“Our solution is fairly tamper-proof, but there was a weakness because the computation on some cloud or on premise meant there were potential attack vectors. We fixed this with an IBM confidential cloud solution that ensures the compute cannot be tampered with by any third party, including the cloud provider. It’s a fundamental improvement to our product,” says Paul Claudius, co-founder and association member of DIA. 

Should your business look into confidential computing? 

All businesses dealing with data they need to secure should start to look at confidential computing within their security strategies, says Dr Alan Warr, consultancy specialist group chair at BCS, The Chartered Institute for IT. “They need to start working on how it applies to them, at the very least to ensure they don’t need to be an early adopter and risk being disadvantaged if they move too slowly.

“For many this will lead them to build this into their strategies, which are likely to involve research and early proof of concepts at this stage. For the minority, taking an early lead in adoption may be a worthwhile, or even essential, strategy,” he notes.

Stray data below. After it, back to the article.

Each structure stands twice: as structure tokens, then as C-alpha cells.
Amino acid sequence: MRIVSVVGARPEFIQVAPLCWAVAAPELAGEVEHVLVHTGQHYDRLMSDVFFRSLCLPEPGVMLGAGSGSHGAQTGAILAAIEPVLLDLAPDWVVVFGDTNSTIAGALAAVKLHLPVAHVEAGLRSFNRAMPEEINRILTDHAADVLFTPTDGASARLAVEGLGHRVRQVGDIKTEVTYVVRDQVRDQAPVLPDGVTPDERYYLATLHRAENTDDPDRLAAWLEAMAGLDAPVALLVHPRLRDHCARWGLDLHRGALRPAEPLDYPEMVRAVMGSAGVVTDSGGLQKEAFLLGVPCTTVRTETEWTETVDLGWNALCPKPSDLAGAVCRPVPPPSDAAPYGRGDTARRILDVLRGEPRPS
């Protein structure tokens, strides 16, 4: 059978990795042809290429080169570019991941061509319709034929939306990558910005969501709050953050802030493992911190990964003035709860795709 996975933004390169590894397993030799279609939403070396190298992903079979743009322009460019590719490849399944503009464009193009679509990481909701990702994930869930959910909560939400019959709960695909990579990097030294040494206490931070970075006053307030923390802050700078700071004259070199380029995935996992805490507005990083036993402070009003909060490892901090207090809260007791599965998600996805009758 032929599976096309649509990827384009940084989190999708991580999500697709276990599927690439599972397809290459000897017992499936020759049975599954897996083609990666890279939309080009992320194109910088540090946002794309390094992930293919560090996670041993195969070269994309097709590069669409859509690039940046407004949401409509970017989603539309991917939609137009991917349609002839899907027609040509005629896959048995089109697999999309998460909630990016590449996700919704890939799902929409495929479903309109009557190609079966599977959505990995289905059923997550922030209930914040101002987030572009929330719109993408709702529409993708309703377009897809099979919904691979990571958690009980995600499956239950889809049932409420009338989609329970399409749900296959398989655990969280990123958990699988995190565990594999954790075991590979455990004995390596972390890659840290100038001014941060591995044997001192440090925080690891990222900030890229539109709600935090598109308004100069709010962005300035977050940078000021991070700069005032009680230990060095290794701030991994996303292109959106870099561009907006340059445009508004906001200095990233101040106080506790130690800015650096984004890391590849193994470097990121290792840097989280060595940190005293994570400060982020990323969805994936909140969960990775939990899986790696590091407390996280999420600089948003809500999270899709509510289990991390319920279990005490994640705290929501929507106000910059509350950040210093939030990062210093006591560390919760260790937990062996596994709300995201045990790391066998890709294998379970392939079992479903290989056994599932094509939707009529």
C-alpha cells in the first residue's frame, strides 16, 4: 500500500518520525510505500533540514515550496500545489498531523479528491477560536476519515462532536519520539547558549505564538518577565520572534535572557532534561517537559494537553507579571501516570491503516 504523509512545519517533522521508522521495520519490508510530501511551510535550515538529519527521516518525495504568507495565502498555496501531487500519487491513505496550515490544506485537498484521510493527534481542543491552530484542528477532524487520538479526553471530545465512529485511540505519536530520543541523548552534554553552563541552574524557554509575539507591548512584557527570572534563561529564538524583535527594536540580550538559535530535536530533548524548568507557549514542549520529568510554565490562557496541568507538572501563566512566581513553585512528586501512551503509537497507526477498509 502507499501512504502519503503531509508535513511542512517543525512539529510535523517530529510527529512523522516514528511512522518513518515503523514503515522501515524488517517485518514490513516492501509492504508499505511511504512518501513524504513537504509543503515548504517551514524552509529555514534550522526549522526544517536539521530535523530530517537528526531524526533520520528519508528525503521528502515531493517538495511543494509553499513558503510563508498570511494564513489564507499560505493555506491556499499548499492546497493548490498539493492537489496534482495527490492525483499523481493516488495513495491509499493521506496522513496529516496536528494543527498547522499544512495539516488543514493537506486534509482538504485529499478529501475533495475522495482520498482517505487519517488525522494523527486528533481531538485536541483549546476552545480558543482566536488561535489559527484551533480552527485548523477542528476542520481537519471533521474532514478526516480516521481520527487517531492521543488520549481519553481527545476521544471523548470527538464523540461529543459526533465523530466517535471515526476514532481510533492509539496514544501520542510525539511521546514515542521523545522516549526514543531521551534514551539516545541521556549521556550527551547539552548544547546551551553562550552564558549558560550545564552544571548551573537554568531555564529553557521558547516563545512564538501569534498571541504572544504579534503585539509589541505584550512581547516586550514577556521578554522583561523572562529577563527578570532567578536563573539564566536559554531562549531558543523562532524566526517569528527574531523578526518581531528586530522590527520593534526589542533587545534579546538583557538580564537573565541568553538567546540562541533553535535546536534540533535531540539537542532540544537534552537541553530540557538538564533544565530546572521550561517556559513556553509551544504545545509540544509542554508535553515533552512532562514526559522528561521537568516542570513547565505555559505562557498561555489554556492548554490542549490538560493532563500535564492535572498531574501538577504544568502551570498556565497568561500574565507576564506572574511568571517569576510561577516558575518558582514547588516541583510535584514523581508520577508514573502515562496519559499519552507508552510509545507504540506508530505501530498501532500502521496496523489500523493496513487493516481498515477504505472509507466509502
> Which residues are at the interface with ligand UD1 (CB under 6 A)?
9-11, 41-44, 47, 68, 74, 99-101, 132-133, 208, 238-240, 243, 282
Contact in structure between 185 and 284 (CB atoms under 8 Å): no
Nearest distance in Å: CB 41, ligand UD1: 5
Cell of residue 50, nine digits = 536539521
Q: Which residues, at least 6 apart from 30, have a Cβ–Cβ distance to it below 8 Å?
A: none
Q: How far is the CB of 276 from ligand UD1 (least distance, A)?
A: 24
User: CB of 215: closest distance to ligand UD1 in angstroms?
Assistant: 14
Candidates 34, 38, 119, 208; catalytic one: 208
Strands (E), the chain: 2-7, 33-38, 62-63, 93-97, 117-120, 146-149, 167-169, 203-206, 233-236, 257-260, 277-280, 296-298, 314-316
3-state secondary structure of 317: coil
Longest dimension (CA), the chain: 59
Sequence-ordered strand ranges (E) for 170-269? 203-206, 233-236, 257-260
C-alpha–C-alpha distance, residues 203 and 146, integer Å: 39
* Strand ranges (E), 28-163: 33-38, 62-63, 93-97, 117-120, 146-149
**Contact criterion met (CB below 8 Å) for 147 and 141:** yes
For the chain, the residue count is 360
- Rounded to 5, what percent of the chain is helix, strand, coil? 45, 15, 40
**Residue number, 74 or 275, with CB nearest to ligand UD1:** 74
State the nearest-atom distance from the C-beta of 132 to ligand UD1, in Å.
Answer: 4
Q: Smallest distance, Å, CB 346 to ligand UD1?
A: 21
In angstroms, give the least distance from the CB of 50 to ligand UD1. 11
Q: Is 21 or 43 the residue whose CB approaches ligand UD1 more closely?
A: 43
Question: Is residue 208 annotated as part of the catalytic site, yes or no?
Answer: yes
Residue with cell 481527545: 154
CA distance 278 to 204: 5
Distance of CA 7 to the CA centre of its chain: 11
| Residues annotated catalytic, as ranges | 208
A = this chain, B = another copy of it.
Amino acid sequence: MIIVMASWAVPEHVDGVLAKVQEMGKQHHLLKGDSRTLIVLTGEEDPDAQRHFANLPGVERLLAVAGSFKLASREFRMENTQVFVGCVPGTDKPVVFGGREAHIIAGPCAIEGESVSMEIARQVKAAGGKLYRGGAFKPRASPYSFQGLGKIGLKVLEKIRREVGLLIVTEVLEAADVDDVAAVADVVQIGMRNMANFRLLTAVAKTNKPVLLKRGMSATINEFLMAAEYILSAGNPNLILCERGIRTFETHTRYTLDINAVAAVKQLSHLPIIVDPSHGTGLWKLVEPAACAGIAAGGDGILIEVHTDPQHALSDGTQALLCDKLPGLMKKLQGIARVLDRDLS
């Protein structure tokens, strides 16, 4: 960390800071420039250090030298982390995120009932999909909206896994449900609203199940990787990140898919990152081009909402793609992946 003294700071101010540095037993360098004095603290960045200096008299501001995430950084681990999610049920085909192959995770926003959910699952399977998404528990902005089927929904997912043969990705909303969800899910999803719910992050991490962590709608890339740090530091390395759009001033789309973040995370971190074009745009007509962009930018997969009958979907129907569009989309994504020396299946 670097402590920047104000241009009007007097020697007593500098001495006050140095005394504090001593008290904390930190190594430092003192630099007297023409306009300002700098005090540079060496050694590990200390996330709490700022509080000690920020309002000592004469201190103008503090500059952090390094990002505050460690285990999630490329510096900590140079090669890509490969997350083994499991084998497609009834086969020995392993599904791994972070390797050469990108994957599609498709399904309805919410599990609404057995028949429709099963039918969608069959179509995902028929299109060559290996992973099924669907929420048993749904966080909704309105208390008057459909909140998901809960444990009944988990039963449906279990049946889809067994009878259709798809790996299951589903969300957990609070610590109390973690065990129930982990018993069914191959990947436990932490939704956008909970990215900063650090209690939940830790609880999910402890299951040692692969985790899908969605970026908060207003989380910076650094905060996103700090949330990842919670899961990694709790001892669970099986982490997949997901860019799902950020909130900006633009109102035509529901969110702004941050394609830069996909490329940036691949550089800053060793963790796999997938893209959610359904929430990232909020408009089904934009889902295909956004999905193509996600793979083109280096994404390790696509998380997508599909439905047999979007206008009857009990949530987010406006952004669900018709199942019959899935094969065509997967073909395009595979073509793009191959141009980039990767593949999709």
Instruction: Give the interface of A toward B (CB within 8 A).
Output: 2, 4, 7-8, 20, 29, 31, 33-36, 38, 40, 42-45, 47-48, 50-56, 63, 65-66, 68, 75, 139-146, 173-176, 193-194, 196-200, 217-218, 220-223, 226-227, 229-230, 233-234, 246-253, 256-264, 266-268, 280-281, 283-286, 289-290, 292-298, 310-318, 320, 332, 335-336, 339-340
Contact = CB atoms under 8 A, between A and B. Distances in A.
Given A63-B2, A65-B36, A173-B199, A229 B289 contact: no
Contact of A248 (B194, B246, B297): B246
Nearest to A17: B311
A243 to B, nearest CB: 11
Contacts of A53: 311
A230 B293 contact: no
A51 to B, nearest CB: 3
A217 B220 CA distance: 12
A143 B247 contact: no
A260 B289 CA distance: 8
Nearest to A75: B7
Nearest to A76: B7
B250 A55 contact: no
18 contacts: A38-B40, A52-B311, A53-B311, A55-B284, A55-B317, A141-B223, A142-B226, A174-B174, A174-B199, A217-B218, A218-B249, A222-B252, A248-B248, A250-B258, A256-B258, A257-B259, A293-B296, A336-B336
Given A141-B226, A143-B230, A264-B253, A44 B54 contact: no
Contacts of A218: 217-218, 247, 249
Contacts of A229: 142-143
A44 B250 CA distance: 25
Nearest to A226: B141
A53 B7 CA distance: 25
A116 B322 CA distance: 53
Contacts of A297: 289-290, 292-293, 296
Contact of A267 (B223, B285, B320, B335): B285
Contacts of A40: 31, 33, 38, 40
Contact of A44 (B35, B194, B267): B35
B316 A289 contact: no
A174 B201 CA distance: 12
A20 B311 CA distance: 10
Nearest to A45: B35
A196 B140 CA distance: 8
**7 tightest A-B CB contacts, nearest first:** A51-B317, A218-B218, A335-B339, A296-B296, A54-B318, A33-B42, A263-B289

It’s also an opportunity to make more from the data you have, points out David Greene, head of the CCC’s Outreach Committee and head of sales and marketing at Fortanix.

“When I talk to customers, I ask them what data they have that they think has useful information that they haven’t been able to extract because the data has to stay so secure. If we think of data as the new gold, this can be a good motivation to think about what companies could do.” 

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Ubiquitous by 2031

Warr speculates that confidential computing may become ubiquitous in time, just as encryption of data at rest has become. “We may find that over the next 10 years IT professionals and end users will increasingly be using confidential computing,” he says. 

Greene – and the wider CCC – agree with this view. “A few years back secure internet communication, HTTPS, was kind of a big deal. Now it’s everywhere. Same with SSL, first we focused on credit card transactions then at some point said, why not secure everything

“The view of the CCC is that confidential computing has the same potential. We have the infrastructure and the tools, in the end there’ll be no reason not to protect data in this way.”